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– CNN Ticker Producer Alexander Mooney


Filed under: Mitt Romney • New Hampshire
October 8th, 2007
02:00 PM ET
7 years ago

Liberal groups target Republicans over kids heathcare veto

Democratic members of Congress applaud shortly after signing legislation for the Children's Health Insurance Program (CHIP) legislation

WASHINGTON (CNN) - As House members are at home for the Columbus Day weekend, a coalition of labor and advocacy groups, including the AFL-CIO and MoveOn.org, is stepping up the battle over the federal children's health-care program, known as SCHIP. The coalition rolled out a nearly $1 million television ad campaign and is targeting about 20 Republicans to vote to override the president's veto of the bill.

The national ad, sponsored by Americans United for Change, an umbrella group of liberal organizations, is running on cable networks. It includes images of a baby and other children with an announcer saying "George Bush just vetoed Abby." The coalition also promises to rally activists in districts of another 20 House Republicans over the next two weeks.

This push by Democratic groups comes on top of the Democratic Congressional Campaign Committee's efforts to zero in on eight House Republicans who opposed the bill. The campaign arm started running radio ads and funding automated calls to voters last week in districts it considers competitive for Democratic challengers.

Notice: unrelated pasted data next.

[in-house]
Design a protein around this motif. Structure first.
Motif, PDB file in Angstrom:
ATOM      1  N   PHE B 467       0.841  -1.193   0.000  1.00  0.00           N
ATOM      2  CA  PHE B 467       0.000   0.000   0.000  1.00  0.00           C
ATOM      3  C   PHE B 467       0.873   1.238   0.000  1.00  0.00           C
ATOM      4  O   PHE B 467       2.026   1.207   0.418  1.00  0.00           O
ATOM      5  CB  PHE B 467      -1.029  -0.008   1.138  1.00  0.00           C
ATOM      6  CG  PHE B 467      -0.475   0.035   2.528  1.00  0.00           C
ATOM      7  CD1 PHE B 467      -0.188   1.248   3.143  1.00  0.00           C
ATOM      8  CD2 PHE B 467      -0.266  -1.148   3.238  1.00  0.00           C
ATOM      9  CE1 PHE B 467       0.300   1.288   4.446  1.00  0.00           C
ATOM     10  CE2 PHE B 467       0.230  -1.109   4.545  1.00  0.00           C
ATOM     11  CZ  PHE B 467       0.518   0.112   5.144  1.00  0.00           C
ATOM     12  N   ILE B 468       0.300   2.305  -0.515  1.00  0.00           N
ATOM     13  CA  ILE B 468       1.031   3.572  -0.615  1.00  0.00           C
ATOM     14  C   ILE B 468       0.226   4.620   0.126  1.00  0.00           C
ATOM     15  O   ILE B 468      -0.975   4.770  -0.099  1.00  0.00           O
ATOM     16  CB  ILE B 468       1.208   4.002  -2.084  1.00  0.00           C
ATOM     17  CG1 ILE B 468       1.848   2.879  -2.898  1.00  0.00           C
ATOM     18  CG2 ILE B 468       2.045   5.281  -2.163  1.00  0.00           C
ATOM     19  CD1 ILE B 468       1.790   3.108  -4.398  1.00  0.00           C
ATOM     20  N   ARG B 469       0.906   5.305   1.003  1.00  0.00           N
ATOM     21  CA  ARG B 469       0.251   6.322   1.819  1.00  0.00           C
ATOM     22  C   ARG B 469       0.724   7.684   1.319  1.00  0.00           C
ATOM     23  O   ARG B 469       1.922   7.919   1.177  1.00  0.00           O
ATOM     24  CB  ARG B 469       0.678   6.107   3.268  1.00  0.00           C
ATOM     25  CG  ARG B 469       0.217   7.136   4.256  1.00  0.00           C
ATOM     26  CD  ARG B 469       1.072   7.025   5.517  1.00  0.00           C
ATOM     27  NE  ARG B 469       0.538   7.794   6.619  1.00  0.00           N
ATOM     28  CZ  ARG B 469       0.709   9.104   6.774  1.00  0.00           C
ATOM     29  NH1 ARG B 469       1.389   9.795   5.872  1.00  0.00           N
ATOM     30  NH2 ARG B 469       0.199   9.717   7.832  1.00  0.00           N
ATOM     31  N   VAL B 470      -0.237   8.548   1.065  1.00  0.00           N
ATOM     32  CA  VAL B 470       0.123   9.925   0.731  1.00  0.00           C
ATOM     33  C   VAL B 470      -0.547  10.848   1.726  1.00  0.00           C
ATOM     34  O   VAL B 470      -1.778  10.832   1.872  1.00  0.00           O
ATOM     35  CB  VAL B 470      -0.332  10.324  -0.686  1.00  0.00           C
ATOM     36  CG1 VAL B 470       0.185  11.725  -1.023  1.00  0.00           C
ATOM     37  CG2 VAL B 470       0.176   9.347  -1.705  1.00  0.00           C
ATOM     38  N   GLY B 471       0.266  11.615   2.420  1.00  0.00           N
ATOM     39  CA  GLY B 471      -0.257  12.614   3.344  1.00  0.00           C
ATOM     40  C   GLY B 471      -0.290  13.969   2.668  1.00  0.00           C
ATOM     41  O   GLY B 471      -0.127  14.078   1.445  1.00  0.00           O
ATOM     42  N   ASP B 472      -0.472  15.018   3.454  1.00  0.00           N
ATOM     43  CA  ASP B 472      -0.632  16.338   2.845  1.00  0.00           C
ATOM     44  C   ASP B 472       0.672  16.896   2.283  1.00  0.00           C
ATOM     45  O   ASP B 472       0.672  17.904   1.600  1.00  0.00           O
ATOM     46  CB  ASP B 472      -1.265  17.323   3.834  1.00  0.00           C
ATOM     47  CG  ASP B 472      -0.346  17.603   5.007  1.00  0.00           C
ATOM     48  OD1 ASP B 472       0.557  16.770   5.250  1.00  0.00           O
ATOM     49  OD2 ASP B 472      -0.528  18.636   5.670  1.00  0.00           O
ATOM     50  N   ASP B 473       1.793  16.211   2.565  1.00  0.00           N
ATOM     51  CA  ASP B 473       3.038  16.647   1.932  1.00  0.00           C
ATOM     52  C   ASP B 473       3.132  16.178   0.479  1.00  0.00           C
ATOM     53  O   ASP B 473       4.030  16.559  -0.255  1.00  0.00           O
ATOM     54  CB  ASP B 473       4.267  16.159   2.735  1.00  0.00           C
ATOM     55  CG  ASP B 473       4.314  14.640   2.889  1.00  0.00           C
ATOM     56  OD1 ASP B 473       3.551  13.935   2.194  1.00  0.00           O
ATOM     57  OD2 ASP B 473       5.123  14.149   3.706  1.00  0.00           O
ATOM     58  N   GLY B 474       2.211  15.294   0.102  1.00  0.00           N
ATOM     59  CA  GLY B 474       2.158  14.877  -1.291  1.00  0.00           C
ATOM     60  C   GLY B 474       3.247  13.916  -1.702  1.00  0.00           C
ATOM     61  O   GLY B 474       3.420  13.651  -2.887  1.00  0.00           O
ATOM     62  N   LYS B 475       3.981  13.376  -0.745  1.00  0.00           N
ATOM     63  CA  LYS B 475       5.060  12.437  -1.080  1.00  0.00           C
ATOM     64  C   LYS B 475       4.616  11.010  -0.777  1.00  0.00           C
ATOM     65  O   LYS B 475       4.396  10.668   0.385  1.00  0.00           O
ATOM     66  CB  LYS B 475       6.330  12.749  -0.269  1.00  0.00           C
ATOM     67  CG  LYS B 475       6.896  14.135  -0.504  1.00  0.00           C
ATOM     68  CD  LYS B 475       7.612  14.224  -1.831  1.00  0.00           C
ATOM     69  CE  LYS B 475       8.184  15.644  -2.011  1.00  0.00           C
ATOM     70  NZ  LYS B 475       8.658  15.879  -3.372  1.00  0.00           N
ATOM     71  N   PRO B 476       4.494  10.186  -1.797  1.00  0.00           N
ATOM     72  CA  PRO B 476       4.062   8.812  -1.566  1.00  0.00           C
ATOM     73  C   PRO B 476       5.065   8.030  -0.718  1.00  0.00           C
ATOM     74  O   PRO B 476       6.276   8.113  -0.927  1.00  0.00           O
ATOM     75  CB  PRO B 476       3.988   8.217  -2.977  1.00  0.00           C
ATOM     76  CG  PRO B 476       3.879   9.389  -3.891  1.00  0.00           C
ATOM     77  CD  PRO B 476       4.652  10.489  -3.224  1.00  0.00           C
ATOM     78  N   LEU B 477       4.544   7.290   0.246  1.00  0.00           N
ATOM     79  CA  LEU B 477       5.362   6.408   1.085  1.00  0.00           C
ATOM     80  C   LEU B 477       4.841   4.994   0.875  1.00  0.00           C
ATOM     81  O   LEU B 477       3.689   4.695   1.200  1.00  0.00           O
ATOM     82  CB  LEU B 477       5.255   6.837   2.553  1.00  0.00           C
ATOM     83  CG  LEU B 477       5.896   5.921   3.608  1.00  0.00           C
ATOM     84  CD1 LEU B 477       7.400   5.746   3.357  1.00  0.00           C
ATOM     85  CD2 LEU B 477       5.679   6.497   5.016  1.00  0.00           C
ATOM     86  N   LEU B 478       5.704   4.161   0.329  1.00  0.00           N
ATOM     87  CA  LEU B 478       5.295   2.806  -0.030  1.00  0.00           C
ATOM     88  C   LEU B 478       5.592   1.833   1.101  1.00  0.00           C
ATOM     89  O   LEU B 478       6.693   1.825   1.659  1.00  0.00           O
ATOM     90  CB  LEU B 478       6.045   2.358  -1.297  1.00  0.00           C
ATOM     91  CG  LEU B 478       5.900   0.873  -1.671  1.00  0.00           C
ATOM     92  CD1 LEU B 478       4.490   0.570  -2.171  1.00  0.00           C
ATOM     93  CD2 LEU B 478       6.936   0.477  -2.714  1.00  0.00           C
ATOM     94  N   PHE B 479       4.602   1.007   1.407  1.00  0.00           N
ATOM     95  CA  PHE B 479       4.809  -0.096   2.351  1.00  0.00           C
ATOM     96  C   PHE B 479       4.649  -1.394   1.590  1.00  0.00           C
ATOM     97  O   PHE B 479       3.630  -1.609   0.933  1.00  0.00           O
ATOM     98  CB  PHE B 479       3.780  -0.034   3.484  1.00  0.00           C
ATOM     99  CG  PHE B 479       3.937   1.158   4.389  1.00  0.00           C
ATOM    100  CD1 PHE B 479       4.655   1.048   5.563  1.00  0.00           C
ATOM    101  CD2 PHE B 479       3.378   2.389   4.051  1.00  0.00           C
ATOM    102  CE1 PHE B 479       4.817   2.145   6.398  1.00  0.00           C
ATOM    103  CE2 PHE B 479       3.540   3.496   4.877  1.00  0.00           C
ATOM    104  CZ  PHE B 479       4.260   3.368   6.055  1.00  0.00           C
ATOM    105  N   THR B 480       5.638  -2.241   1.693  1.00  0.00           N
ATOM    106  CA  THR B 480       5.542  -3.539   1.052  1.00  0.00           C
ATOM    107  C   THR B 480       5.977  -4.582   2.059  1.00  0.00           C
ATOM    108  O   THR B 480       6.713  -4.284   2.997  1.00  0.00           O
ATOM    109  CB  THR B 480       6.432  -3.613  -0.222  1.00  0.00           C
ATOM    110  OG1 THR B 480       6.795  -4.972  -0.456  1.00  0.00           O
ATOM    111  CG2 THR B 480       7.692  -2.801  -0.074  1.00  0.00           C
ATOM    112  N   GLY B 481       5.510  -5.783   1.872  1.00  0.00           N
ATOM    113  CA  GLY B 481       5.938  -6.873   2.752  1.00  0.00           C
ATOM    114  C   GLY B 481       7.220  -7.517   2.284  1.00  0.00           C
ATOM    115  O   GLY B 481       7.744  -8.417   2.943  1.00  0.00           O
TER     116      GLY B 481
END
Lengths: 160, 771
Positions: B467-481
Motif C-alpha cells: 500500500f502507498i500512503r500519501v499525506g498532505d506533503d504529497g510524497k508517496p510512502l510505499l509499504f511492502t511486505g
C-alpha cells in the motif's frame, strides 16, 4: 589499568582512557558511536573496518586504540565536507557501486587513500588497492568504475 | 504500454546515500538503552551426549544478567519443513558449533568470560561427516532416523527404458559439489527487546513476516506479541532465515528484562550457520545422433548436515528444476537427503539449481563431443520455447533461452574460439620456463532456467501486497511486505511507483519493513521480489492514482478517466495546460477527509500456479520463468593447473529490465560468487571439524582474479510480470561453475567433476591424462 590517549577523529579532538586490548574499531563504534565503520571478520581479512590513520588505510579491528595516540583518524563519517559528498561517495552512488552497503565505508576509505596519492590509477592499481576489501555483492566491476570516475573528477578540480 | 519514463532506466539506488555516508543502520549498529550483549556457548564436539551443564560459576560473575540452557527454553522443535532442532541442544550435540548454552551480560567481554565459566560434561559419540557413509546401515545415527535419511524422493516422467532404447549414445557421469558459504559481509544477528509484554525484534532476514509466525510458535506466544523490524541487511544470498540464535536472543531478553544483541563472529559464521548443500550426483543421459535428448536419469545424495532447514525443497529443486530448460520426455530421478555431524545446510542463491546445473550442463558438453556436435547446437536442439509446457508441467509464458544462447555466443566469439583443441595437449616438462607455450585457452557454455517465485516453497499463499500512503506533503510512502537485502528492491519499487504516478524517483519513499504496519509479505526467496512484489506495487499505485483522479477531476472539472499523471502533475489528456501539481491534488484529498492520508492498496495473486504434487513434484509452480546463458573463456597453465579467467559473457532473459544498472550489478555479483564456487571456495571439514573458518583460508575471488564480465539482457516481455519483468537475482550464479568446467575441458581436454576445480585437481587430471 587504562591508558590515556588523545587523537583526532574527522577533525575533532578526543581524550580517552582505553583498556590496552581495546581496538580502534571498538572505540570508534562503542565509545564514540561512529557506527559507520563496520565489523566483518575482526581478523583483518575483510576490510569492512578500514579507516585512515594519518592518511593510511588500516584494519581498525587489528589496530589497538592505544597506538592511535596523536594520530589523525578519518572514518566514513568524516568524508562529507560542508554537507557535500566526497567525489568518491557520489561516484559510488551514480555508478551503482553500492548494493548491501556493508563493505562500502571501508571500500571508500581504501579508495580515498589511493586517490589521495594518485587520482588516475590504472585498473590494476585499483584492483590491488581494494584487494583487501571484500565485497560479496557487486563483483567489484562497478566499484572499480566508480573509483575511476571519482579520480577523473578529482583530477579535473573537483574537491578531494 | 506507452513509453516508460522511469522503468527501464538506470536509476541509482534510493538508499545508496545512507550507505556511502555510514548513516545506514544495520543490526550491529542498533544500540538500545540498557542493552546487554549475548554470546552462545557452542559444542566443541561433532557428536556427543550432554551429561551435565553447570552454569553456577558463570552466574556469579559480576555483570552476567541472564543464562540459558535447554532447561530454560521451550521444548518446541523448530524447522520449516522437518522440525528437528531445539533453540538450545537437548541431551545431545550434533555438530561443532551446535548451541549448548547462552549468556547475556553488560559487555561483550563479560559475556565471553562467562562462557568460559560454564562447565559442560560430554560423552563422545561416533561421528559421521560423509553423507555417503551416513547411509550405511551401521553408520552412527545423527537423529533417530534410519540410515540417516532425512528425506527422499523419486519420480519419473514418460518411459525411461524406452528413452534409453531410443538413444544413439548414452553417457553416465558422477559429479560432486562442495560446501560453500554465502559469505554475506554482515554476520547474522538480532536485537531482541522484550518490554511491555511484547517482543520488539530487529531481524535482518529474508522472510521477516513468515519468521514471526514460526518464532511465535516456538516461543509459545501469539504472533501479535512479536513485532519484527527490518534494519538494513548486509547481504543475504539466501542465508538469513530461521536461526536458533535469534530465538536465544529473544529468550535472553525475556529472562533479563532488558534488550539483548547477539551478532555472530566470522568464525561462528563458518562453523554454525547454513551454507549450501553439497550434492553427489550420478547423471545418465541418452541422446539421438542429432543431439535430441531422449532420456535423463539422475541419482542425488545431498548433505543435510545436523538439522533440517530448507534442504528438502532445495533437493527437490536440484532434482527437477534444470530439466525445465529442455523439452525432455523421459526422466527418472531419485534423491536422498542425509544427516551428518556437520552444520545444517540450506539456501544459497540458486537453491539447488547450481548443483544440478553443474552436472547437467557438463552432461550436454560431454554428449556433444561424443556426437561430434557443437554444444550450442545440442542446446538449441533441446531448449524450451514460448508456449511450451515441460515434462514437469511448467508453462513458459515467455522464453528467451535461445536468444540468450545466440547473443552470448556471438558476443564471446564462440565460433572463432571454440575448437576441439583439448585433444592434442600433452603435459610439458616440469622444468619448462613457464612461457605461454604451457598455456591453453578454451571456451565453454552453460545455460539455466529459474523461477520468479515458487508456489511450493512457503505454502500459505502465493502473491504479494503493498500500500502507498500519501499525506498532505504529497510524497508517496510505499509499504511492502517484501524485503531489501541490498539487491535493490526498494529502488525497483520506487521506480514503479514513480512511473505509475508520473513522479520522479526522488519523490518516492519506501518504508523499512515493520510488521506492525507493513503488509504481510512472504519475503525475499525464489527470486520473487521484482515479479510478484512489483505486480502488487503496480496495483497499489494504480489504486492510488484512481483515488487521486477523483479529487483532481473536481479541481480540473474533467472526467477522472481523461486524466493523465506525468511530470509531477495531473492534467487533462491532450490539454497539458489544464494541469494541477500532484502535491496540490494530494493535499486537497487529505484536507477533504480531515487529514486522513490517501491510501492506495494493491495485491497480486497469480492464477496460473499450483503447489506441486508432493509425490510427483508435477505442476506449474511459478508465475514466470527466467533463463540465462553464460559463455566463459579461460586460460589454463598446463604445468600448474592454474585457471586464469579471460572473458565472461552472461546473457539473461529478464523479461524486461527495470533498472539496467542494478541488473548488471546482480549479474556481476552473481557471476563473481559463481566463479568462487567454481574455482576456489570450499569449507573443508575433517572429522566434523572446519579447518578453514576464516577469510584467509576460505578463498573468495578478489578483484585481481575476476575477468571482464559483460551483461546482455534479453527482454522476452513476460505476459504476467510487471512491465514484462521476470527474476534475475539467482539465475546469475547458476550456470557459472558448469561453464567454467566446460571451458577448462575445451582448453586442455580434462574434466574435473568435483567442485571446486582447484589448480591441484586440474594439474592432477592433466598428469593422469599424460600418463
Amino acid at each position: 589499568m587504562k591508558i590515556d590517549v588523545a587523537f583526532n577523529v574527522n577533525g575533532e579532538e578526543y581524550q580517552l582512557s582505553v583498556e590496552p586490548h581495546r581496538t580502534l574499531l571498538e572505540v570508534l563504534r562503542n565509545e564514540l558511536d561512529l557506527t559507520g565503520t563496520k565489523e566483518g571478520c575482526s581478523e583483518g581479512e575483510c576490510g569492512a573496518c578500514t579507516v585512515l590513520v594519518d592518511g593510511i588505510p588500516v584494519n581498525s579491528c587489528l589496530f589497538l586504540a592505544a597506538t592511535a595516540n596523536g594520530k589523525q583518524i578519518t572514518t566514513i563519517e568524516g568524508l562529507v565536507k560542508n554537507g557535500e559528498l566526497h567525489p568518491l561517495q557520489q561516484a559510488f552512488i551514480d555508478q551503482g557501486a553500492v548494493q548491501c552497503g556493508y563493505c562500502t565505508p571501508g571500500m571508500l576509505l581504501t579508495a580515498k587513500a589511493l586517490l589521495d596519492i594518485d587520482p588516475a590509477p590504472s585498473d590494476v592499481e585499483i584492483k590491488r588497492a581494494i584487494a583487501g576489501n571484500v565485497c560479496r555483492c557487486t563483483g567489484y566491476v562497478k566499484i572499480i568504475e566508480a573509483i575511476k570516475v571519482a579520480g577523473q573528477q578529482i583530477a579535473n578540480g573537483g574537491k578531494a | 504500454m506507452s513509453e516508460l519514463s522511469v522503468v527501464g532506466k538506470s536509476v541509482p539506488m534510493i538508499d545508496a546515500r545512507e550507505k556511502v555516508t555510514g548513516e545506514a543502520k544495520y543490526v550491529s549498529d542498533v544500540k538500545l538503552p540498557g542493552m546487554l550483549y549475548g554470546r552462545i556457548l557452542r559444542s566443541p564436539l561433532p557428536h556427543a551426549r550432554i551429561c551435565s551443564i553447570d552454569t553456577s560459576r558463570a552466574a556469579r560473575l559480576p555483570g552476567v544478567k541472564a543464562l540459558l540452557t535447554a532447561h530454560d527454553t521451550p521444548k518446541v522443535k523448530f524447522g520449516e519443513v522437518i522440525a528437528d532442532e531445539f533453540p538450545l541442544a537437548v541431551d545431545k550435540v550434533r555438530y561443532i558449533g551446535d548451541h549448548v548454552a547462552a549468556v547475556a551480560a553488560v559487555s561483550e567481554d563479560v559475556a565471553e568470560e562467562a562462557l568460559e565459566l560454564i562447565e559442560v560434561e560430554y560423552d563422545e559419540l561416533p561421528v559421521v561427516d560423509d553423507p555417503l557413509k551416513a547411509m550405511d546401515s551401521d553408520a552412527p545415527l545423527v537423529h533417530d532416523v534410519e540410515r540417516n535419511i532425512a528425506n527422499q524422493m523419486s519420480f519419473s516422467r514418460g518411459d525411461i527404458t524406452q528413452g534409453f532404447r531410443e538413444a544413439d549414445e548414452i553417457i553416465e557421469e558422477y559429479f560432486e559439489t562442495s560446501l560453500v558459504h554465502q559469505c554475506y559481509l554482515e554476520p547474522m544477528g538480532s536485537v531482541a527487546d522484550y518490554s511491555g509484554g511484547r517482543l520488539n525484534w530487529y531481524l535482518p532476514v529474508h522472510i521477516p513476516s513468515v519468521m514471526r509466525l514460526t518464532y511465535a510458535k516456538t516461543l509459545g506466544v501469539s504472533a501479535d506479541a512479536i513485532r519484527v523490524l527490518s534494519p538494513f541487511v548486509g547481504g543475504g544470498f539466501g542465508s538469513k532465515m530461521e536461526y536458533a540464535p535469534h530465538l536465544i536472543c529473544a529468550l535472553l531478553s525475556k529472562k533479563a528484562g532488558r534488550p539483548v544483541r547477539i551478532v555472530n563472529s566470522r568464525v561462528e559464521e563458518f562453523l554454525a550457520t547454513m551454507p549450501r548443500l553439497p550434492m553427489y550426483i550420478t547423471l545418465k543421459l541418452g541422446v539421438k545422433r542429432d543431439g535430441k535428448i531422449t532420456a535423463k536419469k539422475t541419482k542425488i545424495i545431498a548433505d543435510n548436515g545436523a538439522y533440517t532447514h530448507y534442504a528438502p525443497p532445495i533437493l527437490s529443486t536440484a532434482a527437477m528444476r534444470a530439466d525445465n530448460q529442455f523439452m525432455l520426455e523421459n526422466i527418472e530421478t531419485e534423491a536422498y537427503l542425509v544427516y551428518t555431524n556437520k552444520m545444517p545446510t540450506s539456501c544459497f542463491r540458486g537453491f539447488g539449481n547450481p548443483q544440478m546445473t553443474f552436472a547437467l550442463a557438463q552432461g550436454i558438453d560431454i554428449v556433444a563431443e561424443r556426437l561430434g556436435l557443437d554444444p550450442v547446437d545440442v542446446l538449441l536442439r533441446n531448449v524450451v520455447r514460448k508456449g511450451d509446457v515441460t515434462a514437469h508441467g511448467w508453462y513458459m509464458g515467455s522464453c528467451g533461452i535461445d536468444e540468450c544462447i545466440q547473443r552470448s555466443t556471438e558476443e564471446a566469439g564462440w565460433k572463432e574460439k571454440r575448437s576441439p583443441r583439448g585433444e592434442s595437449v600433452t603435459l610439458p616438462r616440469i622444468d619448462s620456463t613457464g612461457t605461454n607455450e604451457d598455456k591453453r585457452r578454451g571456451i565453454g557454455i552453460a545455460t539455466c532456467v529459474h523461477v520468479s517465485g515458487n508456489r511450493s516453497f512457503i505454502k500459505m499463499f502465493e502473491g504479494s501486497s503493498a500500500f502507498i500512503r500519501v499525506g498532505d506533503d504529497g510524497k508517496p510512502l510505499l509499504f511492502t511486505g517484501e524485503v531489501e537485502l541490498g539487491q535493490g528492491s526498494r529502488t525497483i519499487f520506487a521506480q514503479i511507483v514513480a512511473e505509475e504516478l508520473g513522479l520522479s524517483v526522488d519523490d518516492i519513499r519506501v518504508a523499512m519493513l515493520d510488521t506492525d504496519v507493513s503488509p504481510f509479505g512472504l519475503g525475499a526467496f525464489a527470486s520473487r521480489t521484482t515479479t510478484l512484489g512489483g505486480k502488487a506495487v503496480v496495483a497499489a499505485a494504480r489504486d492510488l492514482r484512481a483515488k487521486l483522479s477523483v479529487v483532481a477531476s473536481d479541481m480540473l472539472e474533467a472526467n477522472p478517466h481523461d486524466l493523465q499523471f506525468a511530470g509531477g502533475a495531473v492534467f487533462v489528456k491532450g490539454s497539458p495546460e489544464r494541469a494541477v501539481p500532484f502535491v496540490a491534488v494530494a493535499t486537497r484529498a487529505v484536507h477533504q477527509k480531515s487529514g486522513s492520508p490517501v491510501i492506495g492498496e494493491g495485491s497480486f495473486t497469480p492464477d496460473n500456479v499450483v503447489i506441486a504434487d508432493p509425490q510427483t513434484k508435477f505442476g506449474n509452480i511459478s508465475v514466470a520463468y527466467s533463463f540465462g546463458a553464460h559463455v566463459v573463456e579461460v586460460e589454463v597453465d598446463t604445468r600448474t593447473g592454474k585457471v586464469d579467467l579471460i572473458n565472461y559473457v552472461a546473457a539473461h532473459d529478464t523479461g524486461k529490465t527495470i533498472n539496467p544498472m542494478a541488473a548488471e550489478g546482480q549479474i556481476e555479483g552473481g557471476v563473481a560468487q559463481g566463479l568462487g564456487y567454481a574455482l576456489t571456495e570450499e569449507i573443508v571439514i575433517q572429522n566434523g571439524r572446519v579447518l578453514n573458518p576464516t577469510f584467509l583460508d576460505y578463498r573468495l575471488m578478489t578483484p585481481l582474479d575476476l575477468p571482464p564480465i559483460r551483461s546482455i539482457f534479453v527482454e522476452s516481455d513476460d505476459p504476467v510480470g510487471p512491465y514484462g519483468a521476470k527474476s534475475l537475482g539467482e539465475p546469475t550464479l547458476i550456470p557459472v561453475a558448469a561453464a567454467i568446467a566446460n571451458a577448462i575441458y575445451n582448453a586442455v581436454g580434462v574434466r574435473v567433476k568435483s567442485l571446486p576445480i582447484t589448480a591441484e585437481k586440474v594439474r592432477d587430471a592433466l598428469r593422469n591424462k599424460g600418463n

Full story

– CNN Congressional Producer Dierdre Walsh


Filed under: SCHIP
October 8th, 2007
11:45 AM ET
7 years ago

Clinton campaign downplays Berger's role

The Clinton campaign downplayed Berger's role Monday.

WASHINGTON (CNN) - Sen. Hillary Clinton's presidential campaign downplayed a report in the Washington Examiner Monday that former National Security Adviser Sandy Berger is advising the New York Democrat's White House bid.

"Like many people he offers advice, but he has no official role in the campaign," a Clinton aide told CNN's Candy Crowley.

The Washington Examiner reported in its Monday edition that Berger, who pleaded guilty two years ago to illegally removing classified documents from the National Archives and intentionally destroying some of them, has taken an informal role in Clinton's campaign, similar to the one he held in Sen. John Kerry's 2004 presidential campaign.

Berger, who offered the Massachusetts Democrat advice on foreign policy issues, resigned from the campaign in July 2004 as the investigation into his actions at the National Archives was heating up.

Berger served as national security adviser to former President Clinton from 1997-2001.

Click here to CNN's new political portal: CNNPolitics.com


Filed under: Hillary Clinton
October 8th, 2007
11:30 AM ET
7 years ago

A bipartisan presidential plan for Iraq

Sen. Brownback, above, along with Sen. Biden, both endorse the same Iraq plan.

WASHINGTON (CNN) - Sen. Sam Brownback, R- Kansas, and Sen. Joe Biden, D-Delaware, will hold a news conference in Iowa on Friday to discuss their plan for Iraq, in what campaign officials say is the first ever bipartisan presidential campaign event in U.S. history.

Brownback and Biden are both running for president.

"Joe and I might be running for the nomination of two different parties, but we agree on one thing: the American people want progress in Iraq and this represents a viable way forward to stability and success," Brownback said in a statement released by the campaigns.

Biden added that he looked forward to the joint-campaign event "to explain how the Biden-Brownback-Boxer amendment makes Iraq the world's problem while establishing a political solution that gives Iraq's warring factions breathing room to resolve their differences."

The amendment aims to establish a federal system of government in Iraq and passed in the Senate with a vote of 75 to 23 last month.

FULL POST


Filed under: Joe Biden • Sam Brownback